'She said it was cool to be smart'

20th April 2012 at 01:00
When Michelle Obama visited a girls' school in a deprived area of North London, an improbably deep bond was formed. Richard Vaughan reports on how the First Lady inspired, motivated and set pupils on a path that led straight to the White House

A small series of photographs lines a wall in Elizabeth Garrett Anderson School's reception. In the pictures is Michelle Obama, vivid in blue against the grey of the schoolgirls' uniforms.

The US First Lady is shown hugging pupils from the North London girls' school one by one. In the foreground, a pupil is captured wiping away a tear after being embraced by President Barack Obama's wife.

It is a startling response to meeting a politician's spouse. The scene has something almost divine about it, as if the child has been greeted by Mother Teresa, or perhaps one of today's generation of deities - Beyonce, for example.

Yet it was because of the welcome Michelle Obama received that an unlikely, but now very special, relationship has been established between her and the Islington school, which culminated earlier this year in a dozen pupils being invited to visit the White House.

What initially appeared to be a mere publicity stunt for one half of the Obamas has become a tremendous source of motivation for pupils at Elizabeth Garrett Anderson School (EGA) and, it has recently emerged, for Michelle Obama herself.

The story begins in 2009, when the First Couple made their first state visit to the UK. One morning, pupils at EGA were rather cryptically told that a politician's wife would be attending that day. But when the motorcade of police vehicles and blacked-out people-carriers arrived outside the school gates, it was clear that this wasn't just any old backbencher's other half.

"We didn't know she was going to come because we were told it was a surprise," says Khadija Bilqis, a Year 10 pupil at the school, who was in Year 7 at the time. "Of all the people it was Michelle Obama. It was amazing."

Her arrival sparked a frenzy of excitement at the school; gasps and screams from pupils gave the impression that they were meeting a film or music star. It is unlikely that Samantha Cameron or Sarah Brown, former prime minister Gordon Brown's wife, would have evoked anything like such a response.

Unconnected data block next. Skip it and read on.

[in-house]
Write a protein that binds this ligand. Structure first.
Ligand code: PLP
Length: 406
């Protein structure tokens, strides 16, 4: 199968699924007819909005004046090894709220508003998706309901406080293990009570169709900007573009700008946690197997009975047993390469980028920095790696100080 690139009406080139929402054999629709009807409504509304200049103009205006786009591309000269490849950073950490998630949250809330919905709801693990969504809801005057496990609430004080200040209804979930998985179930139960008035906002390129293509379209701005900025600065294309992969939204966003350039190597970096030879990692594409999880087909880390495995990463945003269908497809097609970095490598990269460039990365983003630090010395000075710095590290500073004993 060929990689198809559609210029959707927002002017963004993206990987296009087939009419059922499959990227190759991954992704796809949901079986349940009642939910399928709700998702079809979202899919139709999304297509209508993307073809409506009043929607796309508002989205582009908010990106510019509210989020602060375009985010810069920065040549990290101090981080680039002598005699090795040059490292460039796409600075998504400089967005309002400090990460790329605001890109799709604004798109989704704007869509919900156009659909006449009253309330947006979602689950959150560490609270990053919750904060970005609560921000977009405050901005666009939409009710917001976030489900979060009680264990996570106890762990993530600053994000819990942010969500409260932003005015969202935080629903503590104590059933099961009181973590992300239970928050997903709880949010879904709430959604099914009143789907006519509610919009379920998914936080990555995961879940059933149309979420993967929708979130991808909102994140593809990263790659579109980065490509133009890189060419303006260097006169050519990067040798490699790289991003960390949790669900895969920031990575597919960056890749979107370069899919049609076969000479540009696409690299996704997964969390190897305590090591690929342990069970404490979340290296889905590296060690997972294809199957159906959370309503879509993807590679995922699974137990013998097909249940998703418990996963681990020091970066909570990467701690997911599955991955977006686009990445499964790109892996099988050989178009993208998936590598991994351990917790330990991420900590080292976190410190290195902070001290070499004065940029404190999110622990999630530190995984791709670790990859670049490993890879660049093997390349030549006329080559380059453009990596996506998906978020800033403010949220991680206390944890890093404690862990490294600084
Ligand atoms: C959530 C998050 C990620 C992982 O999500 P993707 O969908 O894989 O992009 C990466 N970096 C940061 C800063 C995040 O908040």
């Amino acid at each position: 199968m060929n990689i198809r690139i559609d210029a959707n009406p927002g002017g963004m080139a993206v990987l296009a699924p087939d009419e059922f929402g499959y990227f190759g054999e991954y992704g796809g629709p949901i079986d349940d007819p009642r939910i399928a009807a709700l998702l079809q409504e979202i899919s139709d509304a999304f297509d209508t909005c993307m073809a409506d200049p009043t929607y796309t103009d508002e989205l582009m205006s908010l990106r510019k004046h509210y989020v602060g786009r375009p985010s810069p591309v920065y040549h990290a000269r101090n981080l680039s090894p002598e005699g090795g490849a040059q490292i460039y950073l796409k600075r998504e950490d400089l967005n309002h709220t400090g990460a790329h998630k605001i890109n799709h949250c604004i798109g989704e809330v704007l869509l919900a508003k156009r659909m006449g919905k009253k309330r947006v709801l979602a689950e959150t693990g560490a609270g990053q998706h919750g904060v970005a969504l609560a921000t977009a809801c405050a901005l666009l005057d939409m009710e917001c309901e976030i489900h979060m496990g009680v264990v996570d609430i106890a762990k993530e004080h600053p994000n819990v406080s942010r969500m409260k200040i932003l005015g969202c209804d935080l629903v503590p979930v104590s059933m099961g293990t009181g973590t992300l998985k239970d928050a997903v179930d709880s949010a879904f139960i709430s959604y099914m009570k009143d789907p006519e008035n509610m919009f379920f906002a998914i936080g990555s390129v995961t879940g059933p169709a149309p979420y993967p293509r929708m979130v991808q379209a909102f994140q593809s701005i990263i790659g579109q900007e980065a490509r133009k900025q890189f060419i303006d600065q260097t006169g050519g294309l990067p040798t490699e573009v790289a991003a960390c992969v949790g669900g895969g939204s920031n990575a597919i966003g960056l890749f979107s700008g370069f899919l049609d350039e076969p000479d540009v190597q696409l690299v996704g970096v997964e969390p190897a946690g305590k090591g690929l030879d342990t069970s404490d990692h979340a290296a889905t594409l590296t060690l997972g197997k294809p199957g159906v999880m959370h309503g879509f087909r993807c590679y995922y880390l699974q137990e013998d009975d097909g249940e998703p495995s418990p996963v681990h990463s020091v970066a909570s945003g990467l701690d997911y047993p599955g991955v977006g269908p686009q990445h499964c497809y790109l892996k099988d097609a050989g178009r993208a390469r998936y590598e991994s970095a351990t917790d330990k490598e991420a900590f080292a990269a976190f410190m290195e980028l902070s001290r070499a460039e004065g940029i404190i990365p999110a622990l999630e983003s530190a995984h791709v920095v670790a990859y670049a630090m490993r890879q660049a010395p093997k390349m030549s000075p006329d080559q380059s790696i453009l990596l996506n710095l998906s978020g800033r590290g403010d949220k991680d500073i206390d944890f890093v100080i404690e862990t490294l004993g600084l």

And the reason for this was simple. As one half of the first African-American couple to occupy the White House, Michelle Obama is a palpable piece of history, the importance of which was not lost on the pupils.

"Her speech was inspirational," says Ece Emin, also in Year 10. "She said she could relate to us and that education was key to our future. She said it was cool to be smart."

In her speech, Obama spoke of her own experience growing up in a working-class neighbourhood in Chicago. "I want you to know that we have very much in common," she said to the pupils that day. "There was nothing in my story that would land me here. I wasn't raised with wealth or resources or any social standing to speak of."

It was during that school visit, while giving her speech, that it dawned on Obama what role she was meant to play in her position as First Lady. According to Jodi Kantor, author of The Obamas: A Mission, A Marriage, the visit was a turning point for her. "She looked at the girls looking at her and saw herself through their eyes, noticing how they hung on her every word," writes Kantor. "She saw the responsibility, the impact, the potential, of her role. Her time in the White House had been isolating, yet now across the Atlantic she felt so connected."

Not just a chance encounter

But the relationship between Obama and EGA did not begin by chance. The work EGA does to improve the life chances of its pupils meant it was the perfect choice for Obama's visit.

The school is a typical central London comprehensive. Its pupils come from a myriad of backgrounds and live in a community where extreme wealth sits cheek by jowl with grinding poverty. More than two-thirds of the girls speak English as an additional language and more than half receive free school meals. Yet its pupils succeed, with nearly 50 per cent meeting the government's benchmark of five good GCSEs including English and maths. And the school has an "outstanding" judgement from Ofsted to boot.